That Old Time “Hot Dog” Religion

Revelation is not necessarily the word I’m looking for.

But I can’t shake the possibility that if God does indeed watch over my home state of West Virginia, then the uncomfortable truth revealed to me this week really was divine.

In any case, whether it was gospel or not, I see now that I’ve got a problem that only I can solve.

Lord knows I can’t count on my wife. She is ambivalent when it come to hot dogs.

While she can take them or leave them, I find them irresistible. And so does our son. He’s the type of kid whose stomach is just not satisfied unless it’s stuffed with something that’s been slaughtered rather than picked.

My epiphany came on Wednesday, National Hot Dog Day. To celebrate, I treated my 15-year-old carnivore to a hot dog lunch. That’s no mean feat since we live in West Virginia’s Eastern Panhandle, an area that seems devoid of any decent hot dog joints. I had to settle for stopping by a Sheetz convenience store.

Before you recoil in horror, it’s not like we plucked a dried-out dog from one of those self-serve contraptions lesser convenience stores keep on the counter – the ones in which hot dogs slowly rotate along stainless steel rollers. Our dogs were delivered to us through the use of superior technology – we ordered them from a touch screen. Then we watched as they were prepared and presented to us wrapped in foil to keep them warm.

As we left the store with our prize, I asked our son if he had ordered a West Virginia Hot Dog.

“That’s a thing?” he asked.

“Yes,” I replied. “That’s a thing.”

To prove it, when we got home I sent him a link to the West Virginia Hot Dog Blog, specifically the page that describes the home state creation in loving detail.

You can click here for it, but the short version goes like this:  West Virginia Hot Dog lore says they were created during the Great Depression outside my hometown of Charleston, the state capitol. It’s toppings include a beanless chili sauce, mustard and chopped onions with the essential topping being slaw.

At the risk of alienating myself, I rarely order one. I’m not a big fan of slaw. But at least I know there is such a thing as a West Virginia Hot Dog.

Our son did not.

And the kicker here is, he loves slaw. So it stands to reason that he’d love it on a hot dog.

But he has never experienced the combination.

While the heavens didn’t open up and strike me with divine lightning, I realized after our hot dog lunch on Wednesday that somewhere along the line, I had failed to fully instruct our son in the finer points of West Virginia cuisine.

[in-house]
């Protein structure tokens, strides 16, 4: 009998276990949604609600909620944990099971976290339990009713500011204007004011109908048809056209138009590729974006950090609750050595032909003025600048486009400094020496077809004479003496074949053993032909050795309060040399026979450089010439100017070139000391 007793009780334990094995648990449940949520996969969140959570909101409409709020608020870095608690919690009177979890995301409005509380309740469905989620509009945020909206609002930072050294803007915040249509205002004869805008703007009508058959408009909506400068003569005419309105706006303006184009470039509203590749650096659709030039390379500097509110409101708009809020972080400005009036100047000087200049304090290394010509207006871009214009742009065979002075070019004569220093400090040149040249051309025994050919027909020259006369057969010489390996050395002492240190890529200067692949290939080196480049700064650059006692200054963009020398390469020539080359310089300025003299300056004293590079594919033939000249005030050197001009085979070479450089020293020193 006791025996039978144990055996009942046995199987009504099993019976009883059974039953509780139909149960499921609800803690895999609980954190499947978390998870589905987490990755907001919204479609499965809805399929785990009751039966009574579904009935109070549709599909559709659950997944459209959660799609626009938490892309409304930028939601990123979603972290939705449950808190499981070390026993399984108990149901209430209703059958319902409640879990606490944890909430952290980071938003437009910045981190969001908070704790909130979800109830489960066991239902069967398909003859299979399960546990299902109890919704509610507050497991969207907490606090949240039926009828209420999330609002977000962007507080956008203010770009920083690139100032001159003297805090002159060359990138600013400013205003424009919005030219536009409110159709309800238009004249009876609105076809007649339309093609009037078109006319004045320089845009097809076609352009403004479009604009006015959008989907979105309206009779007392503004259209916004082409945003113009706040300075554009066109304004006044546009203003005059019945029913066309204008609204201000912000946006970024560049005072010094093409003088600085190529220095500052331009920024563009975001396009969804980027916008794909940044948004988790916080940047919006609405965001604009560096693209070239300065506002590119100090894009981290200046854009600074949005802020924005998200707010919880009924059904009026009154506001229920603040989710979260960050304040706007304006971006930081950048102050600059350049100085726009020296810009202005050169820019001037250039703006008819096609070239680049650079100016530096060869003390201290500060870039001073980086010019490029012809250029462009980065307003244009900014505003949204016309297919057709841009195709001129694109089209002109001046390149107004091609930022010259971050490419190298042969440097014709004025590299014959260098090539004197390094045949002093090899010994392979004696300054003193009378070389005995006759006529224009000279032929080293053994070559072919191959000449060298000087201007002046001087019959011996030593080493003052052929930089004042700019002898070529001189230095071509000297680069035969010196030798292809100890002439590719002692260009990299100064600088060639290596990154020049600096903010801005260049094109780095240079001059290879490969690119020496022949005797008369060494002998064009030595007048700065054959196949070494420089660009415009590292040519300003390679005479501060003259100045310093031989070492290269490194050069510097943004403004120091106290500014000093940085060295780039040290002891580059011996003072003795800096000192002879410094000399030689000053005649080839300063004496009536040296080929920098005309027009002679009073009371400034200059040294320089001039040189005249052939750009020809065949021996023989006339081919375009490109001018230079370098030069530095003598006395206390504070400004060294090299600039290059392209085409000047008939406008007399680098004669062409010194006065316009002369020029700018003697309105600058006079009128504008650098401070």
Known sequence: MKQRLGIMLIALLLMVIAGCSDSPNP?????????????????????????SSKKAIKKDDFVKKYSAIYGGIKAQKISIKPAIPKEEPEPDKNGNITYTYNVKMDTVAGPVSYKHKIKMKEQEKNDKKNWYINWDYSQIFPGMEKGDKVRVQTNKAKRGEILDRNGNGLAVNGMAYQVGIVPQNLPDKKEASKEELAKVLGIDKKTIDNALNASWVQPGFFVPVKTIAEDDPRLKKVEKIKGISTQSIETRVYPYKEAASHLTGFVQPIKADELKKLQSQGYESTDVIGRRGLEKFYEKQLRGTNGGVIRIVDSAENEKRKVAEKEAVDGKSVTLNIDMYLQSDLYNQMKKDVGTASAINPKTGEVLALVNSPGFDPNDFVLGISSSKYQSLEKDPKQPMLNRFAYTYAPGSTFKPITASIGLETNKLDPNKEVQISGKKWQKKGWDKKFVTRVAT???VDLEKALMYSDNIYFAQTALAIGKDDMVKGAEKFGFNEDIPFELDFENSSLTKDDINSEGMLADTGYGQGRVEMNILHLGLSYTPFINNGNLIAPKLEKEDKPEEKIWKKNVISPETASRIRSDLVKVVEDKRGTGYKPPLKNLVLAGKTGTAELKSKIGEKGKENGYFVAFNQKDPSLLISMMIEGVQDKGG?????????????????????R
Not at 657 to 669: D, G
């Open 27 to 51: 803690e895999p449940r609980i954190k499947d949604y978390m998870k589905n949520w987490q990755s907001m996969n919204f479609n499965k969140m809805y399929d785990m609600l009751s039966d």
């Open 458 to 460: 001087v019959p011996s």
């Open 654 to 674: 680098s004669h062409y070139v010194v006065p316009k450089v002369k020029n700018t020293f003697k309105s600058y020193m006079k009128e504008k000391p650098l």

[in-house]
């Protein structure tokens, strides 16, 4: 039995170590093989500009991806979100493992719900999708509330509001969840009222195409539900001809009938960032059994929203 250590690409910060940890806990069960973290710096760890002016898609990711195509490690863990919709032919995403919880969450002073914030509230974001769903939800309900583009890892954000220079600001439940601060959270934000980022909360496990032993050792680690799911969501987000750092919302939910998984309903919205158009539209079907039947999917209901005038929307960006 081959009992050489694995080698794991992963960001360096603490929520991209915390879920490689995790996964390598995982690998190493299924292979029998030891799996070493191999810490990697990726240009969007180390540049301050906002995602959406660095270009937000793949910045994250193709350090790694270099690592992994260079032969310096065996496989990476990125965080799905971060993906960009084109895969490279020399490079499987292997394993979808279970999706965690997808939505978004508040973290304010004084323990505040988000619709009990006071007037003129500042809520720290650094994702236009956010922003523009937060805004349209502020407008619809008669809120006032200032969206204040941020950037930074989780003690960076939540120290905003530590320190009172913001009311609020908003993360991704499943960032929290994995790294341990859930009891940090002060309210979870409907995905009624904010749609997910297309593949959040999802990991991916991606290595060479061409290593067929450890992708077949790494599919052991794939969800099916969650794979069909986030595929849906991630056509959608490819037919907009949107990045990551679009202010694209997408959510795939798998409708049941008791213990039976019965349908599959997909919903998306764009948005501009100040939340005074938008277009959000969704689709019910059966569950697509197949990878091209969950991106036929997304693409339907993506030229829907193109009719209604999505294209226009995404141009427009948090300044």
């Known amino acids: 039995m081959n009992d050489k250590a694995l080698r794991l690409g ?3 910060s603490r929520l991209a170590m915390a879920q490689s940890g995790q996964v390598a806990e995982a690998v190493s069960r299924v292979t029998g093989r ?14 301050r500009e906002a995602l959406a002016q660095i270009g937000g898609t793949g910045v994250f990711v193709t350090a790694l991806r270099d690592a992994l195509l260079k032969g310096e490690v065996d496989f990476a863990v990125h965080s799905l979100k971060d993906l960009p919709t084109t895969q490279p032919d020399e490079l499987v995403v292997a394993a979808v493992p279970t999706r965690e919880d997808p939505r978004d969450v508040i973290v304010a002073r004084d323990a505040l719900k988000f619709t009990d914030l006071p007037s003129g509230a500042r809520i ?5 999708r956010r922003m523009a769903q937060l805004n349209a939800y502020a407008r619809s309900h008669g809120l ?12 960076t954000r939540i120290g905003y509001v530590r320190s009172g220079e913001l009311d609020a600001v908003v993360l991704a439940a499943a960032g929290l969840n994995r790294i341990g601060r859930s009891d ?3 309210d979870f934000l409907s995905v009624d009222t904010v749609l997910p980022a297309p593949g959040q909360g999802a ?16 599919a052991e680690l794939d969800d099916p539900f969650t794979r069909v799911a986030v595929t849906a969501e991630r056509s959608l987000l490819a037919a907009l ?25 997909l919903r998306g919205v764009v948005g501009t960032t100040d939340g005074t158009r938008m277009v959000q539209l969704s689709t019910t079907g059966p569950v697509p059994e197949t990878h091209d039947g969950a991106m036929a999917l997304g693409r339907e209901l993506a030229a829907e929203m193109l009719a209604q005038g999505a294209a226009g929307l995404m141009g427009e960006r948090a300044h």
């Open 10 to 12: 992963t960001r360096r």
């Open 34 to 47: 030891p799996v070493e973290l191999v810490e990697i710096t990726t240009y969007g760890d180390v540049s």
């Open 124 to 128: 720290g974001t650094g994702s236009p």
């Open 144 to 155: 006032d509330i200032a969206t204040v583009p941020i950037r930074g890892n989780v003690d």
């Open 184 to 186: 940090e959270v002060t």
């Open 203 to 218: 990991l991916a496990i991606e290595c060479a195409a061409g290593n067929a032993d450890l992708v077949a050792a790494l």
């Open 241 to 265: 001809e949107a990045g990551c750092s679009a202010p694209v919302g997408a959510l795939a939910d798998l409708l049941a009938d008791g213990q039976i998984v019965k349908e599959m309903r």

He knows about pepperoni rolls and when we are back in Charleston, I treat him to an artery hardening Tudor’s biscuit. But I have failed him where hot dogs are concerned.

I know now what I have to do.

I’m going to have to take our son on a pilgrimage to Hinton, the southern West Virginia town where the clouds part and the angels smile upon the legendary Dairy Queen – the one where you can sit down to the hot dog meal of your choice while taking in a spectacular view of the New River.

I hear the dogs there are not as good as they used to be. But I suspect places like the Hinton DQ have trouble measuring up to warm memories.

Besides, whether they are any good or not, I can’t think of a better place for us to have a come to Jesus meeting.

Advertisements
That Old Time “Hot Dog” Religion

7 thoughts on “That Old Time “Hot Dog” Religion

  1. I’m in the eastern panhandle as well and haven’t found anywhere that serves spectacular dogs other than my back porch grill (I’m pretty confident that my wife and I make the best dogs available anywhere.) Sheetz dogs are tolerable in a pinch but best with ketchup and relish. If you head south again, Sam’s Hotdogs are always a great option. If you happen by the small town of Oak Hill (between Fayetteville and Beckley on 19), look for Tom’s on Jones Avenue. They are excellent as well.

    1. Hi Duncan, thanks for stopping by. I used to have Sam’s dogs for lunch all the time when I was working in downtown Charleston. Those days are long past. The panhandle sorely needs a good hot dog joint!

      1. Tempting but if your “back porch” dogs are as good as you say it’d be easier on my wallet if I just show up at your house when I get a craving! 🙂

Leave a Reply

Fill in your details below or click an icon to log in:

WordPress.com Logo

You are commenting using your WordPress.com account. Log Out / Change )

Twitter picture

You are commenting using your Twitter account. Log Out / Change )

Facebook photo

You are commenting using your Facebook account. Log Out / Change )

Google+ photo

You are commenting using your Google+ account. Log Out / Change )

Connecting to %s